When it comes down to it, nobody has more lives than the Los Angeles Kings. If you draw them in the playoffs, you better bury them when you have the chance. After taking the first two games in Hollywood, the San Jose Sharks knew they had a golden opportunity to put LA down in a 3-0 hole. Even though they played well enough, it was the Kings that got off the mat thanks to Tanner Pearson’s overtime winner for a hard fought 2-1 win in Game 3 of the first round series.
The Kings played their best game of the series against their California rival. Like the first two games, they fell behind early. In fact, it was the game’s opening shift where Joe Thornton beat Jonathan Quick only 30 seconds in to get the Shark Tank rocking. But that was the only shot that beat the former Conn Smythe winner. In typical fashion, the clutch American netminder slammed the door shut to finish with 29 saves. None bigger than his nerve racking stop on Joonas Donskoi moments before Pearson’s winner at 3:47 of sudden death.
When the chips are down, Quick becomes the toughest goalie to beat in a big spot. We saw him do it countless times in the Kings’ run to their second Stanley Cup in 2014. He stepped up against the Sharks after a subpar first three games. So did his teammates. As Quick goes, so does LA. They have other great players including Anze Kopitar, who scored his first of the series to tie the score at 8:10 of the first on a great Milan Lucic feed in front. Drew Doughty was over 30 minutes before overtime. The best overall defenseman in the league finished with 35:01 in a mesmerizing 45 shifts, which included four hits and five blocked shots.
With the game still tied in a tightly contested third, the Kings pulled out all the stops. A bad Lucic penalty (slashing) nearly derailed them. The Sharks power play was so dominant that they had the Kings four-man penalty killing unit on its heels for the whole two minutes. However, despite great passing and set ups, they were unable to beat Quick, who made a diving sprawl to deny a bid. His exhausted penalty killers sacrificed their bodies blocking shots and forcing Sharks’ misses.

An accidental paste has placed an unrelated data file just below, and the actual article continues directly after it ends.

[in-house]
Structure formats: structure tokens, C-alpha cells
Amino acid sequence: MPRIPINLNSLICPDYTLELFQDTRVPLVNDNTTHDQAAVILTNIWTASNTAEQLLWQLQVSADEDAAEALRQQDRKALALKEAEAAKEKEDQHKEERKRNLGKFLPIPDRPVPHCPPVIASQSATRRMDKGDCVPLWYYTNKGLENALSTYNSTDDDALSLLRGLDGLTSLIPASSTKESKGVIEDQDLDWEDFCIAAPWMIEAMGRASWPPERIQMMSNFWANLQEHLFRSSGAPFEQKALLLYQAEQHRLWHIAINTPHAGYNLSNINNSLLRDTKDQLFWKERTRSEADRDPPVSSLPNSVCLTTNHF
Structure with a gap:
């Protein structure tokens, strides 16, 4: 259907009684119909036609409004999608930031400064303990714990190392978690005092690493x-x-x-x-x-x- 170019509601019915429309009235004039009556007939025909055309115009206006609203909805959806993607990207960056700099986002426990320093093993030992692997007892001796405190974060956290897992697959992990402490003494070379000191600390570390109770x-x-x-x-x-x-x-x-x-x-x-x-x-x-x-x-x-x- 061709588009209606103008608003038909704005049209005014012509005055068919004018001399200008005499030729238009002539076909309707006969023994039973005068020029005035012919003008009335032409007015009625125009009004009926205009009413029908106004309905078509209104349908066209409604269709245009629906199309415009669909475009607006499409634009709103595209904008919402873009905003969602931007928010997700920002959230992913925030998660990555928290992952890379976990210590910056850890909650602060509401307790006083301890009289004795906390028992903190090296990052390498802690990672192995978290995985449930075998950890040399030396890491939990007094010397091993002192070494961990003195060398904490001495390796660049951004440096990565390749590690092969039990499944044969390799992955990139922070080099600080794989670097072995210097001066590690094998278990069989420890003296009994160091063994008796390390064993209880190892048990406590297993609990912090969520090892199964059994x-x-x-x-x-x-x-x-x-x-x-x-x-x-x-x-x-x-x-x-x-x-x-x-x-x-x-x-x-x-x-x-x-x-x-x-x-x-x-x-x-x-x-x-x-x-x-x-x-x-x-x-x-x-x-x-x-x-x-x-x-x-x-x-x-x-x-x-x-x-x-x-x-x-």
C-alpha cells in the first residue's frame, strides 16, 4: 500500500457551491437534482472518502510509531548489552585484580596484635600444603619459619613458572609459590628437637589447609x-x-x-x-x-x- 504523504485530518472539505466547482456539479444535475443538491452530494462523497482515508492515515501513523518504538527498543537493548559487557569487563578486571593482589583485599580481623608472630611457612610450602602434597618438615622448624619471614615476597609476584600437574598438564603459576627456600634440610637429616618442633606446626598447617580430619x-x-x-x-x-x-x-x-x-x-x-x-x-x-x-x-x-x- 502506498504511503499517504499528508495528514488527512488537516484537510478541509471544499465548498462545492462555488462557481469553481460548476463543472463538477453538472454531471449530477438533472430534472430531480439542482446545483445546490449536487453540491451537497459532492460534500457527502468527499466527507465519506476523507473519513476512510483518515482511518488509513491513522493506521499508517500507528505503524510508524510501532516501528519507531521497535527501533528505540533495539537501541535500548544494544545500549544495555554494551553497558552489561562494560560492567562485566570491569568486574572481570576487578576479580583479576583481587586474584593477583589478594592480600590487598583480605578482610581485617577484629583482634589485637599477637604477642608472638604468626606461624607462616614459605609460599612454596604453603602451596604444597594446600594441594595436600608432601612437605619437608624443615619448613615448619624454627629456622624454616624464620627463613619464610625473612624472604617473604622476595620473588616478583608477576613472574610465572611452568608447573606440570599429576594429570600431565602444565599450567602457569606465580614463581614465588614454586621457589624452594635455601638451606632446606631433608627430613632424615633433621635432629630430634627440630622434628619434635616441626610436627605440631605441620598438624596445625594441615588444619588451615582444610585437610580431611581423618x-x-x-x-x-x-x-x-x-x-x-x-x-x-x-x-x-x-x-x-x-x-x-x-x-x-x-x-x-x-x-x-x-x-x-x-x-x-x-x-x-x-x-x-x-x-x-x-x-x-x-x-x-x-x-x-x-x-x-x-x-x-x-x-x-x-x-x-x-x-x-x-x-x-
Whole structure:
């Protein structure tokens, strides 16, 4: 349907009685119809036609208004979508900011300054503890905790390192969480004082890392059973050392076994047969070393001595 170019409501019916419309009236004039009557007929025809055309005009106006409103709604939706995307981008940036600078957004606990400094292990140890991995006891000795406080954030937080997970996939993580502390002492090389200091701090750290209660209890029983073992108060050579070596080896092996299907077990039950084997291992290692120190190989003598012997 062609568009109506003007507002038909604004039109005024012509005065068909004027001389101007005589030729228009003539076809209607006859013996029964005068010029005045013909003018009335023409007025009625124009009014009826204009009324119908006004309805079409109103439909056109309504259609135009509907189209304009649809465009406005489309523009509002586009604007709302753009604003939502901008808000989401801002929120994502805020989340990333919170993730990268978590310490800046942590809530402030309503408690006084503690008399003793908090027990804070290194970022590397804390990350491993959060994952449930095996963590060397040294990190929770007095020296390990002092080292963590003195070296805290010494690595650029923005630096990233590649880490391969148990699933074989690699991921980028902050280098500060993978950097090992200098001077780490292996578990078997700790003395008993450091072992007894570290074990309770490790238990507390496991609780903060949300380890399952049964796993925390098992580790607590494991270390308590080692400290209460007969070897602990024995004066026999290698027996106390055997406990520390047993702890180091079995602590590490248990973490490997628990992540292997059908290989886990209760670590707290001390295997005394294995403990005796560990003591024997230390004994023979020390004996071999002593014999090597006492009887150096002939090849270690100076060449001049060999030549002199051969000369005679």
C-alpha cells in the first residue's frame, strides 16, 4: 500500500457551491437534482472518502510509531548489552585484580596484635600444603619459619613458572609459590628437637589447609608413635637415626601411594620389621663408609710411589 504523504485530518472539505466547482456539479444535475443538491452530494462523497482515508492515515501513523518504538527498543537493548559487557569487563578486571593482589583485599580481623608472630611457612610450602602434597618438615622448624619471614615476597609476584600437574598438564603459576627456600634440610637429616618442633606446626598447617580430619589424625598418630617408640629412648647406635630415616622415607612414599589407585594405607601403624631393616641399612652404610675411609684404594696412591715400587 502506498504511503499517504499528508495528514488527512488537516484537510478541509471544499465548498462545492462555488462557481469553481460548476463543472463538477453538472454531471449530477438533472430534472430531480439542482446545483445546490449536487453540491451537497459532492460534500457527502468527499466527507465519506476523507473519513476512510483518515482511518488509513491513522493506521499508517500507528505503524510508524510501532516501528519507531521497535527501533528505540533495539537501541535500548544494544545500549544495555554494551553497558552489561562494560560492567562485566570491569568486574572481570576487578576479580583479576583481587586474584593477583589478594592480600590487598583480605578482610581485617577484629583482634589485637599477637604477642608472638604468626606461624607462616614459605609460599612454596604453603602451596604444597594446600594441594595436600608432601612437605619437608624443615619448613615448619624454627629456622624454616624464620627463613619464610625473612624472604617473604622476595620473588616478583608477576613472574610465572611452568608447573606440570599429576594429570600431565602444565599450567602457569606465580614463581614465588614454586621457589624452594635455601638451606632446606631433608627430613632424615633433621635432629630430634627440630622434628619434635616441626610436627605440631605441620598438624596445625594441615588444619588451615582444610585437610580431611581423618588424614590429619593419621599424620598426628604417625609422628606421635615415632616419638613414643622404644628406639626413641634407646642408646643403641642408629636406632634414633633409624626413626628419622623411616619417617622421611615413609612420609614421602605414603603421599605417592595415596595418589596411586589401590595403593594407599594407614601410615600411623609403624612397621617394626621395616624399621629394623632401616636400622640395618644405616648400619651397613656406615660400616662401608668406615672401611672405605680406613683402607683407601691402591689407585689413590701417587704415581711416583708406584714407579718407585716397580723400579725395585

As a team, LA blocked 27 shots led by Doughty’s five and partner Jake Muzzin’s four. San Jose also had 17 missed shots, meaning that 44 of their 74 attempts didn’t reach the net. The Sharks out-attempted the Kings 74-58 but only held a 30-24 edge in shots. The Kings used two big penalty kills to escape trouble in the third. That included a Pearson delay of game minor with under six minutes left in regulation. Poetically, he would win the game.
Following an unsure Quick, who didn’t realize he had Donskoi’s shot for a big save, the Kings’ third line forced a turnover at the San Jose blue line. Vinny Lecavalier’s back check forced a turnover. Dustin Brown then came in and leveled Donskoi, allowing Pearson to get a step on a quick exiting Logan Couture for a break in. His quick snapshot beat Martin Jones five-hole to give the Kings a much needed win. Brown and Lecavalier assisted.
The Kings are back in the series. Of course they are. They are Freddy, Jason and Michael Myers combined. You have to kill them. Now, the Sharks must rebound in Game 4. The road team has won all three games. San Jose doesn’t want to go back to Staples Center with the series tied. That would not be positive for a fragile team that doesn’t have the best reputation.
Sure. It’s a different team and year. With key additions Paul Martin, Joel Ward and Roman Polak, the Sharks are more battle tested. They also have a new coach who’s had success before. Pete DeBoer took the 2012 Devils to the Stanley Cup Final. Having a different voice in the locker room should help.
Ultimately, it will come down to the execution. They were plenty good enough to win tonight. It just didn’t happen. Quick wouldn’t allow it. Neither would his teammates, who were in desperation mode. Now, they get a day off before a big Game 4 Wednesday night.
If it’s anything like this one, get yer popcorn ready.